- California's economy is the second fastest growing in the world, behind only China, and much of that growth is being fueled by investment in climate solutions and the clean energy transition, California Energy Commission (CEC) Chair David Hochschild said Monday at an event hosted by The Washington Post.
- "We just hit this month a very significant milestone, reaching 1 million electric vehicles sold in California," Hochschild said. There are almost three dozen companies making EVs in the state, which are now its largest export, he said.
- The CEC's efforts on appliance efficiency and building electrification requirements are also helping California to use less energy and electrify all energy end uses. "I really subscribe to the philosophy of ... relentless, incremental improvements," Hochschild said.
Hochschild, along with Bristol, England, Mayor Marvin Rees, spoke with Washington Post Deputy Climate and Environment Editor Juliet Eilperin about various models being used to promote efficiency and clean energy adoption. In the wake of the 2021 United Nations Climate Change Conference (COP26), each leader stressed that the most significant advances on decarbonization are being driven at the local level.
"Local and state leadership is really how change happens in our world," Hochschild said. "It's really from the bottom up. And what we need at the local and state level is support from the national government."
Rees said the agreements among national governments had been "watered down," but what was really missing from COP26 "was not in the commitments, but was in the the ability to recognize the leadership role of cities in delivering decarbonization."
Agreements among governments needs to happen, Rees said, "but this zero sum game between nation states holds the conversation back because they can't work with global interdependence."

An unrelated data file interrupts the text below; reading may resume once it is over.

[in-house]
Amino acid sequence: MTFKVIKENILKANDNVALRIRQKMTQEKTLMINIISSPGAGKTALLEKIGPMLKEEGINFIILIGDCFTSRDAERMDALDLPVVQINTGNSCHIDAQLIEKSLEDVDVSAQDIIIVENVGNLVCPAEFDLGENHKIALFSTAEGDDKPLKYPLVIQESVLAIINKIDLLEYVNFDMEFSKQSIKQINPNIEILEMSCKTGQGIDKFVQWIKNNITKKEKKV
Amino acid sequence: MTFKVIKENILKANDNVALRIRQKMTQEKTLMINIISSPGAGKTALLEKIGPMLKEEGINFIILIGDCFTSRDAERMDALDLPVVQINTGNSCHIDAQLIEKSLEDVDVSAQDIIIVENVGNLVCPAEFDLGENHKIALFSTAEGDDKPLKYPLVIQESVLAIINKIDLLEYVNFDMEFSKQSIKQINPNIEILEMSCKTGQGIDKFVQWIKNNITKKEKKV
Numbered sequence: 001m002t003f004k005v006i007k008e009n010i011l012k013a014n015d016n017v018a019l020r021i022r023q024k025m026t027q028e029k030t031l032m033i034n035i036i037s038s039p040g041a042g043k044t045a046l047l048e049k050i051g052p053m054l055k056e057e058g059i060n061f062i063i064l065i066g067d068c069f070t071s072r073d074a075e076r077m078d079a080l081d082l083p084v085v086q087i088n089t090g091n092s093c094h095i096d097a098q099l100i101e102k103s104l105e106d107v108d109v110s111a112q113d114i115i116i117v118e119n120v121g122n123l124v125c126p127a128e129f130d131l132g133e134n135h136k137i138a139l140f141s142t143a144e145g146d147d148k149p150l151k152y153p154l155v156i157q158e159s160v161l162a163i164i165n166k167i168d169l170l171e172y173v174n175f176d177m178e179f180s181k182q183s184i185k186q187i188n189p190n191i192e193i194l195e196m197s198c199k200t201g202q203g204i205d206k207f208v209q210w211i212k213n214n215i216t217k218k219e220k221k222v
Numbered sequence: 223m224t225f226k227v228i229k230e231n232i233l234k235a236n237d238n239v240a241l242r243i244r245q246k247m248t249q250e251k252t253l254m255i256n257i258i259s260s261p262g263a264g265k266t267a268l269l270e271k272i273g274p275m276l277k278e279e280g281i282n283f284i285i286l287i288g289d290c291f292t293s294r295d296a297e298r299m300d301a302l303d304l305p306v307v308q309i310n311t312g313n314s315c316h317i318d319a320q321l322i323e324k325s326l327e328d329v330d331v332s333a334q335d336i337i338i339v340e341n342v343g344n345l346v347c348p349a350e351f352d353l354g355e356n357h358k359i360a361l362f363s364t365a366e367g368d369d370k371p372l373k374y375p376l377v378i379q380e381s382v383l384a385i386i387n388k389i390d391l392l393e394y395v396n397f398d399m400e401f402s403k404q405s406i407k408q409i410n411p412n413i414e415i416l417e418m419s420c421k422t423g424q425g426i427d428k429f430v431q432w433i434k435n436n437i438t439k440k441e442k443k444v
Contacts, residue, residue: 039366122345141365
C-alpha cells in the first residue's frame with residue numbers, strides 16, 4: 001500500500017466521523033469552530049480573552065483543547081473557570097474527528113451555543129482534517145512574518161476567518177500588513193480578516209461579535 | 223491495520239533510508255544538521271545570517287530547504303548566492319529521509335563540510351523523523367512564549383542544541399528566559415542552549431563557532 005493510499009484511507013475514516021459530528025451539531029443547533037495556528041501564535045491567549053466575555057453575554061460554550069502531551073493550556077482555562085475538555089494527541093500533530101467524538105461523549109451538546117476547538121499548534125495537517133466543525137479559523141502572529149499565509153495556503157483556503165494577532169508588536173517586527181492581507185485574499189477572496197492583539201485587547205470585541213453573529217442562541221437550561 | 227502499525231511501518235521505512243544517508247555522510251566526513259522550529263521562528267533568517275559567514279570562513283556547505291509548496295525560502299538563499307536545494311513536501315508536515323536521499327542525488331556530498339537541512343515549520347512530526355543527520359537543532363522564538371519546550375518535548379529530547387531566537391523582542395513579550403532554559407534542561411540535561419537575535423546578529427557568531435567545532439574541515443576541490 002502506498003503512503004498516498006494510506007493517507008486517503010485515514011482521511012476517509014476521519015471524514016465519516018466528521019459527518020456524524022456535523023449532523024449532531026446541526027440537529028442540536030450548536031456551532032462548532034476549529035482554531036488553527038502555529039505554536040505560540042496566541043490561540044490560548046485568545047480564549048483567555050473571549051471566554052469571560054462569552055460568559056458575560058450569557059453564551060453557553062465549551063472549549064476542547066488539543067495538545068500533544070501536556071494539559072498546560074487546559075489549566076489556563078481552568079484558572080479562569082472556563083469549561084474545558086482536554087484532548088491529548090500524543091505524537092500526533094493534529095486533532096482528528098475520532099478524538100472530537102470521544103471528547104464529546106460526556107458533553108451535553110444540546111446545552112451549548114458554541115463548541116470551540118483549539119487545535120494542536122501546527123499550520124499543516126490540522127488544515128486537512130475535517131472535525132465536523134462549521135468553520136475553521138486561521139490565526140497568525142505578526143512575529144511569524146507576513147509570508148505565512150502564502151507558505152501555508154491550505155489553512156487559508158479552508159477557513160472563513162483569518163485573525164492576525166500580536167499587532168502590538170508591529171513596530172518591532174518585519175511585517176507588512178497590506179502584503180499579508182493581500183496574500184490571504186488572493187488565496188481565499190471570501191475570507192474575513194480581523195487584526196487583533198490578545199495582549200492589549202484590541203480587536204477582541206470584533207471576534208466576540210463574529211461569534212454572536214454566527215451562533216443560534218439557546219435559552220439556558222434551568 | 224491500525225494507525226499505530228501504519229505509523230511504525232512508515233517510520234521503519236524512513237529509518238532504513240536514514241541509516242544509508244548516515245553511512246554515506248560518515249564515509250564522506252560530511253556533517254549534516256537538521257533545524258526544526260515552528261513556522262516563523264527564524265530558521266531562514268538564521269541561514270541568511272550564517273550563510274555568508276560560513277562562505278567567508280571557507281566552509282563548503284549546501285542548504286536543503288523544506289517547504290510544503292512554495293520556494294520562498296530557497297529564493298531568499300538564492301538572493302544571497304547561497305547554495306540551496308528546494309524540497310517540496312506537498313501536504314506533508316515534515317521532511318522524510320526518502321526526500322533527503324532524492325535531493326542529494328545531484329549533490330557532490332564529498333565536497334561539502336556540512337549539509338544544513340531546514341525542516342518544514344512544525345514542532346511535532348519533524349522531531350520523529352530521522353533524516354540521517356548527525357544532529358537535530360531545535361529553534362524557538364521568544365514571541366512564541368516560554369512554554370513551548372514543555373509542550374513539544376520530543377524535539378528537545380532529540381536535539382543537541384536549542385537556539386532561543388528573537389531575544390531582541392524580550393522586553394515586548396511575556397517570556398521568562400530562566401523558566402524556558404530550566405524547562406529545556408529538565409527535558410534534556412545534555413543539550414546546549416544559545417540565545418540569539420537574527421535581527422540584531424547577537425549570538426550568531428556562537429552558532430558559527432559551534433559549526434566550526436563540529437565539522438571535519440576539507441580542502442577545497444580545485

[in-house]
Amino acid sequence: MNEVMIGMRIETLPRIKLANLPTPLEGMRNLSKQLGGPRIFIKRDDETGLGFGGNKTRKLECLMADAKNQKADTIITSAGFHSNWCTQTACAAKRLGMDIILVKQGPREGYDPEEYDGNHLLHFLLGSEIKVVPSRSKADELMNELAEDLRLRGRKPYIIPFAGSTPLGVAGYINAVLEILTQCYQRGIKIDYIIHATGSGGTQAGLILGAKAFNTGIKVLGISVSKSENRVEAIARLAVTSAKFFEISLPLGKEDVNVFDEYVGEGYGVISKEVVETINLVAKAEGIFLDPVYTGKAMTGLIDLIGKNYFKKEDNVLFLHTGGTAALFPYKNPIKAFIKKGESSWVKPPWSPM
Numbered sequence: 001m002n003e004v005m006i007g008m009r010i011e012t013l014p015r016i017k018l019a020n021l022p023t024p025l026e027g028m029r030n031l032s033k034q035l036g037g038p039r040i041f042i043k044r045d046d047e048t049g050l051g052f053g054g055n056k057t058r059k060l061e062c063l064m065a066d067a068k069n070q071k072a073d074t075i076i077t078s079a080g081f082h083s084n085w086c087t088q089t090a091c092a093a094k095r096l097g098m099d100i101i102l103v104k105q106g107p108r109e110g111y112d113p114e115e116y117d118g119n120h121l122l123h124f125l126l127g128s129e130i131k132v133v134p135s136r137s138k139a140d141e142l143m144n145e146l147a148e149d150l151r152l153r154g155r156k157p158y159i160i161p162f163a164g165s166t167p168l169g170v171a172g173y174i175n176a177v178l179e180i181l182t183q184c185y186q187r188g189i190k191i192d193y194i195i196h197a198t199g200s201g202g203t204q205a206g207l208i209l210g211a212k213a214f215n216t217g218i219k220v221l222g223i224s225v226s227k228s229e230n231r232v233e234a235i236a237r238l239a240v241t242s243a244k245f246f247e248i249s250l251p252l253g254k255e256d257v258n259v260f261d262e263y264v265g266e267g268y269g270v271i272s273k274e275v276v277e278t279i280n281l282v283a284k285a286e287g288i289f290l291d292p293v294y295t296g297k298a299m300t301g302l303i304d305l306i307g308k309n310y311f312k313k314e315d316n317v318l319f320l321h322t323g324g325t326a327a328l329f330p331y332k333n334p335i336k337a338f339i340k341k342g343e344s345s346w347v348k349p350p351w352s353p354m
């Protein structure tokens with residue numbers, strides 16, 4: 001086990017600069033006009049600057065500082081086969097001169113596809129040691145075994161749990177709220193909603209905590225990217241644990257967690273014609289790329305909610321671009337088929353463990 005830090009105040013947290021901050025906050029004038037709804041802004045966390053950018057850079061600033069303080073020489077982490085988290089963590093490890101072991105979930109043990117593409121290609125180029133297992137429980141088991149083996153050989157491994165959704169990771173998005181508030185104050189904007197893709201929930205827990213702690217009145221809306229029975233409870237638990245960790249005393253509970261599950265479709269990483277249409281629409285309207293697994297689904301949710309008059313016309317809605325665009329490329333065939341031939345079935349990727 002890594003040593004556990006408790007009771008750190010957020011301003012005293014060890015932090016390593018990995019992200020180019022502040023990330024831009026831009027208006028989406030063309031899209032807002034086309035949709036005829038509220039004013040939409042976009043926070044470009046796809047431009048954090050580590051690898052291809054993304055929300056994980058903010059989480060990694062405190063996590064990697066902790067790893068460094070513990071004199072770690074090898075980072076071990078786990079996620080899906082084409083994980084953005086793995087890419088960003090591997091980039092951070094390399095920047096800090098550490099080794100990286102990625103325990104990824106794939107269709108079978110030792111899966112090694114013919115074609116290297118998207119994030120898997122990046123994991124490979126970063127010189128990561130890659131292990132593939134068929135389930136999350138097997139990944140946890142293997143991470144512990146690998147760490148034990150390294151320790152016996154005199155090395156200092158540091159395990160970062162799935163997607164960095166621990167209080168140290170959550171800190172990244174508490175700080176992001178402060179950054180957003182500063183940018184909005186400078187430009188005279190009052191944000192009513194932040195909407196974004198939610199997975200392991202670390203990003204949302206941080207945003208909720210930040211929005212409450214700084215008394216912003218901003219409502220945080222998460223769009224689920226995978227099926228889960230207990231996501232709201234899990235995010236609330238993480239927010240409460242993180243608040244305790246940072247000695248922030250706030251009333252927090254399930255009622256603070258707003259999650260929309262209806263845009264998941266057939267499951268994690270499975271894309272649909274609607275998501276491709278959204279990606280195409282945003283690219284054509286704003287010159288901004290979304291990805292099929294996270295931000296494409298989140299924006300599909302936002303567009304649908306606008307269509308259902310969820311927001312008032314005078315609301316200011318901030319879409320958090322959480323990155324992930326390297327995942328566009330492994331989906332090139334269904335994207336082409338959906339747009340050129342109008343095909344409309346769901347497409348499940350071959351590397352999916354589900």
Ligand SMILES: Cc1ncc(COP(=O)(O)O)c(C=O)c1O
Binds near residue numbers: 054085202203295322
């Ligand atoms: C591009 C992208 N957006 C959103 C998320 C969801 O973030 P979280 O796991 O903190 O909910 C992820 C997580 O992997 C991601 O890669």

In California, the state has advantages in the size of its economy and the way its energy rules are set, said Hochschild. The CEC has the authority to set energy efficiency codes and standards, and manufacturers tend to offer those same products nationwide.
The CEC also sets the energy code for new building construction every three years, and in August adopted energy efficiency standards to incentivize all-electric construction. The state has also mandated solar panels on all new non-residential buildings, which Hochschild said adds about 500 MW of new capacity each year.
"In addition to that, we are requiring greater electrification. So we're making every home electric ready, which means you have to have electric panels sufficient to support an EV charger, electric induction cooktop, heating, ventilation, water heating, etc.," he said.
The CEC estimates that today in California less than 5% of homes are all electric. New requirements "will get us to close to half of new homes being all electric," Hochschild said. And he credited the work of dozens of cities that "have gone out ahead of the state and are doing their own electrification preferences, or mandates on new construction."
According to the Sierra Club, as of July, more than 50 California cities had committed to phasing out gas in new buildings.
CEC's ability to require improvements in energy efficiency in a wide range of products and sectors means "relentless, incremental improvements" can add up to major savings, said Hochschild. The agency adopted energy efficiency standards for televisions in 2009, for instance, which cut their electricity consumption by half and saves consumers $1 billion annually on electricity costs, he said. And the CEC is "just getting going now" on new standards to require greater efficiency from lower-resistance tires, which Hochschild said can add 1% to 2% to the range of an electric vehicle.
California has 40 million residents and "manufacturers don't want to manufacture just for one market like California. In many cases, they end up upgrading their whole manufacturing lines for the North American market," he said.
Climate solutions have been "really good for California's economy," Hochschild said, pointing out that 53% of U.S. clean tech venture capital comes into California. And he expects the state's focus on clean energy and efficiency to continue, as California now uses about 63% carbon-free electricity but must reach 100% by 2045.
"Even when you do a very strict energy efficiency code, because of the advances in technology, you can do another one, and still squeeze out more savings," he said.